I recently read about an emotional trend; the “pandemic meltdown”.
Basically, it’s those moments when you suddenly “lose it” over something that you could have easily handled in the past; pre-Covid. This reaction is the understandable, but disconcerting bi-product of the layers of stress and potentially dangerous levels of anxiety we are all experiencing these days.
Until this last month, I was managing well. I was feeling strong and positive. I was successfully and intentionally maneuvering personal, work, pandemic and world event related stresses; staying optimistic about the future.
I thought that I was keeping it all together — for myself and for those around me.
But, all it took was a few events this past week to send me into a a bit of a tailspin and a very different frame of mind: A 10 hour drive to help my family come up with a new plan for my 84 year-old mother’s care after two recent falls, coupled with a text from my daughter about a potential Covid exposure, no availability in her University’s quarantine dorm. These were the incremental stressors — the “final straws” that brought on my unexpected “pandemic meltdown” moment.
I ended up with a visit to the ER with concerning heart palpitations. The 7 hour experience affirmed, as I suspected, that it was stress and anxiety at play. The layers and layers of stress had accumulated, yet I had internalized and ignored it by working long hours and staying very busy.
But, now, my body was sending me a clear message.
I underwent a series of tests, I resolved to make some changes.
I rededicated myself to the daily practices that I had started to skip or over the last few months. I put them front and center to focus my intentions to stay calm, grounded and healthy.
Here are a few ways that I counter anxiety’s impact. I hope that these practices will help you too.:
– Don’t skip healthy daily routines: Take care of myself through morning and bedtime routines habits including meditation, gratitudes, setting intentions and a positive mindset and of course prioritizing sleep, healthy food and exercise.
– Observe but then release negative thoughts: Note, not ignore, negative thoughts (fear, worry, sadness), but then release them when they float into my head. Imagine they are balloons that I let go of and watch fly away.
– Reserve thinking ahead for the good things to come. Stop myself when worries and fear about bad things that could happen start to take-over my thoughts.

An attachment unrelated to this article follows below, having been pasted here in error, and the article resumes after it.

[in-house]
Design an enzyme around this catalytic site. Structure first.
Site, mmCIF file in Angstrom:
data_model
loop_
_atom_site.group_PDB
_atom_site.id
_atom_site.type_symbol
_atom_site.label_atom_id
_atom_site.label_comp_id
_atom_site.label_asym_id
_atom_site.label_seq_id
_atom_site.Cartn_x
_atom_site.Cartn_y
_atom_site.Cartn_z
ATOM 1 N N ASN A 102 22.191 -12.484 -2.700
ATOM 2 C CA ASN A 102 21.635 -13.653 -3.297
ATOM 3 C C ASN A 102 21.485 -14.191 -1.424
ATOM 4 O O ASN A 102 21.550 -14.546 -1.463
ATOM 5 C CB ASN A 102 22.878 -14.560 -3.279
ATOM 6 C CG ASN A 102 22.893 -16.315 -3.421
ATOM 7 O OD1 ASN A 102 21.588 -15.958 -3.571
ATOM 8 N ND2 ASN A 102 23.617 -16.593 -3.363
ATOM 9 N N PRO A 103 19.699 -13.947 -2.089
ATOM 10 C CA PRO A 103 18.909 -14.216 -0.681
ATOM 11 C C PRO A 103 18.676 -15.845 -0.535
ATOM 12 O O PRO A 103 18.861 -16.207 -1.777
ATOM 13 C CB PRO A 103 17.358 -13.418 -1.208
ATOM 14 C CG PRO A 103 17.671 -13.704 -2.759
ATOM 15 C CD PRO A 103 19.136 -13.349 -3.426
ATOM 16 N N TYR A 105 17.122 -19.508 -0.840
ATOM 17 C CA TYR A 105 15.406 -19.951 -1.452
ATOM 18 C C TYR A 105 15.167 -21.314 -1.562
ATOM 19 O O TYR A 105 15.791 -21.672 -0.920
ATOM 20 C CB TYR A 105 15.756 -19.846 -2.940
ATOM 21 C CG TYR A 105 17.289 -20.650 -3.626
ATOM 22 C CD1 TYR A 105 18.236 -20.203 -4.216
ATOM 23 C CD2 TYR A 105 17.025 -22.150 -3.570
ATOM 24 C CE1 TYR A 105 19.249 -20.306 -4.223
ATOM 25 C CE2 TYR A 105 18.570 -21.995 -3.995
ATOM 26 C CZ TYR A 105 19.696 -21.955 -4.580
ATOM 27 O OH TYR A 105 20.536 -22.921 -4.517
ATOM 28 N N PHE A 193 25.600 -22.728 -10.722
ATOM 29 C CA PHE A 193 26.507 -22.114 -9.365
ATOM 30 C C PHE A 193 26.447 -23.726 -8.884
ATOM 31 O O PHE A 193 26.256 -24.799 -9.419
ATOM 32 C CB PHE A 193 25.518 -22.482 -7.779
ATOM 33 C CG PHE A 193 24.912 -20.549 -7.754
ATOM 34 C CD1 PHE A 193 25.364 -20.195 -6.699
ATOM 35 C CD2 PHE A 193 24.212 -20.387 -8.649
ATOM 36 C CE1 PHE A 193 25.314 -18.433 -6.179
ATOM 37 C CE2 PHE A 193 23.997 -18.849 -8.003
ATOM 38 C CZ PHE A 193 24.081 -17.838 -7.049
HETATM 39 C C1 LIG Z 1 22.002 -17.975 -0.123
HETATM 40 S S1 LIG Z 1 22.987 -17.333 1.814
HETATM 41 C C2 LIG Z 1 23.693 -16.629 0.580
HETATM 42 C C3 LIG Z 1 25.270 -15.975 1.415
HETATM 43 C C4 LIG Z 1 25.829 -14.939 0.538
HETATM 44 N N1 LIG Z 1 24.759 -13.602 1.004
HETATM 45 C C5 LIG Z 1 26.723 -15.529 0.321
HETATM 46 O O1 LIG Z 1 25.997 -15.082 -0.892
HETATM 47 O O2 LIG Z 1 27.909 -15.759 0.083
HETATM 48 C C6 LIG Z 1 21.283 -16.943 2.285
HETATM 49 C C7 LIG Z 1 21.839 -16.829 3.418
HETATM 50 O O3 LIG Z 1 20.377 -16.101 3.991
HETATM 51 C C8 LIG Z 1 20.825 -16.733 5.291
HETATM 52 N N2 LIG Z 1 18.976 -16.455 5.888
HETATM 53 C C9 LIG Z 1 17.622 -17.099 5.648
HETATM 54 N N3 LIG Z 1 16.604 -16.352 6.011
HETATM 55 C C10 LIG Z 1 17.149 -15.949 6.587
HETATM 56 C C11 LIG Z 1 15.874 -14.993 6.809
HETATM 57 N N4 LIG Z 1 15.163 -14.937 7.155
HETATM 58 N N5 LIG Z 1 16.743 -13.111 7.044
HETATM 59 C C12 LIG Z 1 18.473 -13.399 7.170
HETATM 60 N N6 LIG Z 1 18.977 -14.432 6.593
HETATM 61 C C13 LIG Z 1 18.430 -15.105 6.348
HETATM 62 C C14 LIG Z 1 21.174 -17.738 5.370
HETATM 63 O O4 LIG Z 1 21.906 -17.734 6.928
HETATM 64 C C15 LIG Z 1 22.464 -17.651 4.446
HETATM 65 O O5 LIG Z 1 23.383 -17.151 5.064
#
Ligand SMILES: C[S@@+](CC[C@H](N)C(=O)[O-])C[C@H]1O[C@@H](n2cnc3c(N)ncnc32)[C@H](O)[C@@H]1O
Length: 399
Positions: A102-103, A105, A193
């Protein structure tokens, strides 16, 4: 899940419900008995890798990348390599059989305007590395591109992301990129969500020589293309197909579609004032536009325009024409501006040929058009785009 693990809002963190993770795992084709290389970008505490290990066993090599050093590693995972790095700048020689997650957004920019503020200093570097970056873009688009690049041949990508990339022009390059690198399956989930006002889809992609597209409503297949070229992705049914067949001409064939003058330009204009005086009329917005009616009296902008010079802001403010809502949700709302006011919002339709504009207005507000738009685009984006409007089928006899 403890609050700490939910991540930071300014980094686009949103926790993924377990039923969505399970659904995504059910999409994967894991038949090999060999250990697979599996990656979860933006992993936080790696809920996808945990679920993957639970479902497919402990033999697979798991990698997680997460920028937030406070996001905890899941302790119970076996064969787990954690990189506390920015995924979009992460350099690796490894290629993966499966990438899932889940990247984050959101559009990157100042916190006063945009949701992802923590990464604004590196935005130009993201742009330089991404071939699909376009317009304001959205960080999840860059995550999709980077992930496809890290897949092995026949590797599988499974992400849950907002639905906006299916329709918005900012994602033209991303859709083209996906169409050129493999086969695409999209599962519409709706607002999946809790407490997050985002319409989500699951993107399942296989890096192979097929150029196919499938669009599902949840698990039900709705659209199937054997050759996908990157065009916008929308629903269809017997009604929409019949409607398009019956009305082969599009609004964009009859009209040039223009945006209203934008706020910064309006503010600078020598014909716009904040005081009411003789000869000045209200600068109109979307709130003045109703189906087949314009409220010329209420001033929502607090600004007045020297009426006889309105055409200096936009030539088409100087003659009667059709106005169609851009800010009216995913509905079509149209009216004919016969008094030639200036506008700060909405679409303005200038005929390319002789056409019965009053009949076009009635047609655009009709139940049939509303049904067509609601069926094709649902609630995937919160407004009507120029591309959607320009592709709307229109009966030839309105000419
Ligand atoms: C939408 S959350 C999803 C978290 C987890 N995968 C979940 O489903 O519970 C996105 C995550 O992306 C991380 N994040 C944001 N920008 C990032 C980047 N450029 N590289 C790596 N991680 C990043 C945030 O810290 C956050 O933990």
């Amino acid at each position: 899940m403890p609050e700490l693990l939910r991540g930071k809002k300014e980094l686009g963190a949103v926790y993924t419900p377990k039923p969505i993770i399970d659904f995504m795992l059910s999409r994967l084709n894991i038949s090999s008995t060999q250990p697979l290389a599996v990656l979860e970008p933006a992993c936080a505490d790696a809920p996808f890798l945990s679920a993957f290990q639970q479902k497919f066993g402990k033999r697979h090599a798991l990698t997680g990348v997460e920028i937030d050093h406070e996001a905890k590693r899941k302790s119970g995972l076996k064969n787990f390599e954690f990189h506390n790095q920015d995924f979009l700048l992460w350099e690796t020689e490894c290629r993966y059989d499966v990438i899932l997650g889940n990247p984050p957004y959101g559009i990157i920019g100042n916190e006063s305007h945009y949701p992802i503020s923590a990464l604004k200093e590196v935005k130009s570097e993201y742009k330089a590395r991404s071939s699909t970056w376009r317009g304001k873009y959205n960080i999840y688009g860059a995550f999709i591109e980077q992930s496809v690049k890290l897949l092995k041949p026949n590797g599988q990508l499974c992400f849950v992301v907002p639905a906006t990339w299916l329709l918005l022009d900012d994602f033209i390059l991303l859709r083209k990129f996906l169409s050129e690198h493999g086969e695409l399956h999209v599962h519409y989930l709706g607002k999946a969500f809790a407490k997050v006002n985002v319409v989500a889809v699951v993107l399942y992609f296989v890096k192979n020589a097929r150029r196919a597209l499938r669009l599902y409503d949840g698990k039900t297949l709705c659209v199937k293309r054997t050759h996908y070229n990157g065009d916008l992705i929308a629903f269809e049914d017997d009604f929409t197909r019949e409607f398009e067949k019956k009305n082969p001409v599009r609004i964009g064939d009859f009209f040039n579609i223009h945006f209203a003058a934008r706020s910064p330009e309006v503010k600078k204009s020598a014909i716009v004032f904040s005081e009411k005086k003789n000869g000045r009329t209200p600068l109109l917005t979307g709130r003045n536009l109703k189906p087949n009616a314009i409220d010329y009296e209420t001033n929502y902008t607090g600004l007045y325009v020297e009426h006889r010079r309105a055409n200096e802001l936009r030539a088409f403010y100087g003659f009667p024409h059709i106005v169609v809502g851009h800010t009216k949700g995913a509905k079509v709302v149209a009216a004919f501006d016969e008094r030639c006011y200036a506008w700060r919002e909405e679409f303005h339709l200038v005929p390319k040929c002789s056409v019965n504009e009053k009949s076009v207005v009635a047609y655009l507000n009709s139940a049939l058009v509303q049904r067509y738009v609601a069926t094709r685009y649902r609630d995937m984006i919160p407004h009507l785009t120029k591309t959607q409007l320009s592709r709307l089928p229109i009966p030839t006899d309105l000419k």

– Practice gratitude all day long. Recognize life’s simple, yet beautiful miracles each morning when I wake, throughout out the day and in my nightly gratitude practice. Send out messages of gratitude to people that I love and am touched by — a simple text, a call or a letter bring me as much joy as the recipient.
– Embrace resilience: Appreciate and build my resilience muscle.
– Avoid Toxic Positivity: Remind myself that burying issues can be toxic and that it’s ok to not feel positive all the time (this is a hard one for me!)
– Don’t ignore emotional pain: Realize that it’s ok to not feel ok. The time we are living in is extraordinarily painful; full of so much loss and uncertainty. Sometimes feeling our pain can teach us much more than ignoring it.
– Moments of “flow”: Reserve some time each day to do things that bring me the deepest joy — and put me in a state of “flow”.
– Remember that I am the master of my thoughts: I am in control of how I experience this time; and am in control of how I think, respond and act in the face of stress, challenging events and uncertainty.
– Stay connected to others, myself and nature. Keep my awareness in the present moment, seek out daily connection to friends and loved ones, and spend precious time in nature…oh, the amazing power of connection!
– Optimistic vision for the future – see this as a time for change and reinvention: Hold onto the belief that all of the destruction that has been taking place this year is making room for change; that this is time for re-ordering and reinvention in every part of my life.
“Someone once gave me a boxful of darkness. It took me years to understand that this too, was a gift.” -Mary Oliver
#weeklyprompt #connection #pandemic #gratitude #optimism #resilience